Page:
It’s clear from David Smith’s iOS 17 update to Widgetsmith that he intends for the app to hold its position among the most customizable widget creation tools available. That’s exactly what he’s done with a long list of new widgets, customization options, and features that push interactivity to the limit of the technologies Apple provides.
The new widgets focus on weather, calendar events, photos, and a game. The number of permutations available is vast because there’s so much to customize. The image at the beginning of this story is just a small sample of what is possible, but with adjustable colors, fonts, and other elements, the combinations that can be created are nearly endless. So, let’s dig into the highlights.
The new small weather widgets are a few of my favorites. One includes what is effectively a widget tab bar letting you switch between current, hourly, and daily data. Another lets you ‘scroll’ an hourly forecast using arrow buttons along the top and bottom edges of the widget. There’s a graph-style version of the same hourly weather widget that ‘scrolls’ horizontally, too. I put ‘scroll’ in quotes here for a reason. As I’ll discuss below, the interactivity of widgets is limited, which means there are constraints on what Widgetsmith can do that you won’t find in apps. Here, that means scrolling with buttons instead of swipe gestures. Still, both widgets pack far more information into a small form factor widget than was ever possible before, which is great, especially on smaller screens.
I’m also a fan of Widgetsmith’s new interactive calendar widget. It comes in medium, large, and extra-large sizes and shows your events for each of the next seven days. Tapping the date at the top of the widget switches to showing the events for that date in the space below. Tap the part of the widget where you see your events, and it opens Widgetsmith to its built-in calendar interface.
One of the more popular uses of Widgetsmith is to display photos as widgets. Here, Widgetsmith has added the ability to tap through photos using a Cover Flow-like interface. Another interactive version of the photos widget uses a tab bar-like interface similar to the one used in the app’s interactive weather widget, putting the focus on one photo that can be changed by tapping the photo thumbnails along the bottom edge of the widget. Plus, there is an interactive photo locket and carousel widget.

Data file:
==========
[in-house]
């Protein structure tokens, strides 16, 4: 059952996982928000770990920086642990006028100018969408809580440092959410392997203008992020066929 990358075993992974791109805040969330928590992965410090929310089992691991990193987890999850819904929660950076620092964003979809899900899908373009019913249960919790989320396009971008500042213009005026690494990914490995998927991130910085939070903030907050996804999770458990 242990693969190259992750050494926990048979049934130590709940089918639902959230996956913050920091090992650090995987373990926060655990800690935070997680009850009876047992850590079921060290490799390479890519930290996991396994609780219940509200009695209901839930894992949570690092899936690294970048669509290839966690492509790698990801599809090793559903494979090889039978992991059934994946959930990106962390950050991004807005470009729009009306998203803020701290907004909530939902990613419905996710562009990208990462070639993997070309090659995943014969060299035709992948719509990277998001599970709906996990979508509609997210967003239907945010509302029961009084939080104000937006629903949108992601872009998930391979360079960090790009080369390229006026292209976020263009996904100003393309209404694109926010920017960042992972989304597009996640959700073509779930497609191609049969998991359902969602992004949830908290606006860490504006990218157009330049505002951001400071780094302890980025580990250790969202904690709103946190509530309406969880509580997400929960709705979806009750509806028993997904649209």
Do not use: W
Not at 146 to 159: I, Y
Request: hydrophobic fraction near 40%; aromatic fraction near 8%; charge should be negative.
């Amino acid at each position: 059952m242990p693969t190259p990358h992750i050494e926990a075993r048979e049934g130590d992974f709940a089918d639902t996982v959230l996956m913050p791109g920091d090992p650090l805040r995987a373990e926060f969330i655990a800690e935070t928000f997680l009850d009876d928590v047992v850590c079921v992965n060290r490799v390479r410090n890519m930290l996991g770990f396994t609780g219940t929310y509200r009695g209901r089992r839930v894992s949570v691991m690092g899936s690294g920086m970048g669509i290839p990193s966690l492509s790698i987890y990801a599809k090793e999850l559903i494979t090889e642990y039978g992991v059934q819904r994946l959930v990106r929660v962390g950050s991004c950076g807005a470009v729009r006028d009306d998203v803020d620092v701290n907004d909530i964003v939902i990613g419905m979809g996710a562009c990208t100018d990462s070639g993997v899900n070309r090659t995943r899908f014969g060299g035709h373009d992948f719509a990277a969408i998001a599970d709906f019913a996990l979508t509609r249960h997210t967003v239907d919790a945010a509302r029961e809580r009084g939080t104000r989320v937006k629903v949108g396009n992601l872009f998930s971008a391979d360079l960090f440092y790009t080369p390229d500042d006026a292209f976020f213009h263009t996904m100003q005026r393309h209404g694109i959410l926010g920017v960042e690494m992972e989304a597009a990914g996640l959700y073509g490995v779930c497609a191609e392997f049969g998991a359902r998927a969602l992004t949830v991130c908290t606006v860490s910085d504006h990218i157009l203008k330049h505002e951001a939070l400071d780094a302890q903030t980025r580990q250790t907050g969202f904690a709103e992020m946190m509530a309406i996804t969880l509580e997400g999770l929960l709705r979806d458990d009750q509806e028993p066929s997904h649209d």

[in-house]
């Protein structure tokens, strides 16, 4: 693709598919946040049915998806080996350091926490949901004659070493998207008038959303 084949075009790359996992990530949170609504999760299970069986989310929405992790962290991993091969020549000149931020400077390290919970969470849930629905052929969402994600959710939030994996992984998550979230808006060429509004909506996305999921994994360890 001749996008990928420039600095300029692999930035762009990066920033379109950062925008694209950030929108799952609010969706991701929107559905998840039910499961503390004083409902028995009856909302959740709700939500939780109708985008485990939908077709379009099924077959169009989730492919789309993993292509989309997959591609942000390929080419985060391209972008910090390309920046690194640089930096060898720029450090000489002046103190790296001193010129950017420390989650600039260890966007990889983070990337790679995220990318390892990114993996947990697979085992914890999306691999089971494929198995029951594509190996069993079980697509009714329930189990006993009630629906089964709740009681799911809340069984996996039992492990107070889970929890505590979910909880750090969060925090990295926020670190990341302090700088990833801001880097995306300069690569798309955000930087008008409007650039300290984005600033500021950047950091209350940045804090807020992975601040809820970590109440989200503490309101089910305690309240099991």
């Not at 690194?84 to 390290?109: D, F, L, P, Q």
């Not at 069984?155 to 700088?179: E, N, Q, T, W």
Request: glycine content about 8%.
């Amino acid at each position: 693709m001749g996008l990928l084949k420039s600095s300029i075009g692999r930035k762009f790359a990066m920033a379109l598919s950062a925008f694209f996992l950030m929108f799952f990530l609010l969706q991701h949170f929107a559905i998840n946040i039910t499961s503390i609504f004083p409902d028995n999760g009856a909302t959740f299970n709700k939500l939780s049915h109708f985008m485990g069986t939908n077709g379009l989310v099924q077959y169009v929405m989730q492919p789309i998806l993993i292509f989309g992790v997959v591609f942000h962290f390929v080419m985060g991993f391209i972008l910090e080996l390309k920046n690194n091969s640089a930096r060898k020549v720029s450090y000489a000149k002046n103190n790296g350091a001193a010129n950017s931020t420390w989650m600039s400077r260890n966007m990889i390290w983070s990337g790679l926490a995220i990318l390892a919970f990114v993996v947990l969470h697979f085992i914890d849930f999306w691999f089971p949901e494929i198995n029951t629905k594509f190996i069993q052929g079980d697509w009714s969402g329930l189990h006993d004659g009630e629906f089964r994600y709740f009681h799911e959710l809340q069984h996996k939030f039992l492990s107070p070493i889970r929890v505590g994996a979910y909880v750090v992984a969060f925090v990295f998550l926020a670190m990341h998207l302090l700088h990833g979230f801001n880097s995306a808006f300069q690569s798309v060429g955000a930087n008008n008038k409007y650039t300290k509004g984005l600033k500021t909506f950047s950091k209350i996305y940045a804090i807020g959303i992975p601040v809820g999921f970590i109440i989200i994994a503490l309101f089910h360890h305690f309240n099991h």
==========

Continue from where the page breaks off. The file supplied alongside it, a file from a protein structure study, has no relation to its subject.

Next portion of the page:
The app does something else unique with photos, allowing a single photo to be combined with another widget. There are two types, but both are activated by tapping on the photo you pick. When tapped, the photo of the first variant slides up, revealing a ‘drawer’ containing the second widget. The other version flips over to show the second widget. It’s a very clever way to enjoy a favorite photo most of the time but see the weather, time, or other information with a single tap.
Widgetsmith has always been an excellent way to quickly access favorite albums and playlists, but now there’s also an interactive version. Like one of the new photo widgets, the interactive music widget uses a Cover Flow-like interface that allows you to tap among several albums and playlists. Tapping on an album or playlist starts playback. Tapping a second time restarts playback instead of pausing it, which may be a limitation of the way the widget is built, but it was still unexpected.
The app adds an interactive tile game, too. It’s a little like a simplified version of Threes, where the object is to line up matching numbers and slide them together, which adds them together. This isn’t the first game we’ve seen implemented as an interactive widget, and I’m sure it won’t be the last by any stretch of the imagination. The limitations on widget interactions mean that all widget-based games will be simple, but they can still be a fun way to pass the time.
Speaking of interaction limitations, it’s worth noting how they impact interactions with Widgetsmith widgets and all other interactive widgets. Widgets can be interacted with using buttons and toggles only. For example, that means when you see a Cover Flow-style widget in Widgetsmith and try to swipe from one album or photo to another, it won’t work. It also means you can’t swipe down to close the app’s drawer-style widget either. Instead, you’ll invoke Spotlight Search. That’s a limitation of interactive widgets that can take some getting used to if an app pushes the boundaries of what’s possible the way Widgetsmith does. Instead of swiping, you have to remember to tap. It makes some widgets feel broken at first, but over time, it’s possible to get used to it.
In addition to the Home Screen widgets that I’ve highlighted above, Widgetsmith’s new widgets are available as Lock Screen widgets in the new large Lock Screen size, too. Photo widgets aren’t very effective in monochrome, but others, like the weather widget above, are clear, handy to have on your iPad Lock Screen, and fully interactive.
Finally, Widgetsmith also supports iOS 17’s new StandBy mode, allowing you to add small-sized interactive widgets for when your iPhone is charging and in landscape mode.
It’s remarkable what an app like Widgetsmith has been able to achieve, even within the relatively tight system constraints of widget interaction. Over time, I’d love to see Apple loosen the reigns on widgets, but it makes sense to start slow, see how developers use interactivity, and expand from there. If you’re into customizing your Home Screen and Lock Screen, Widgetsmith’s new interactive widgets are some of the first you should check out.
Widgetsmith is available on the App Store as a free download. However, certain features require a subscription.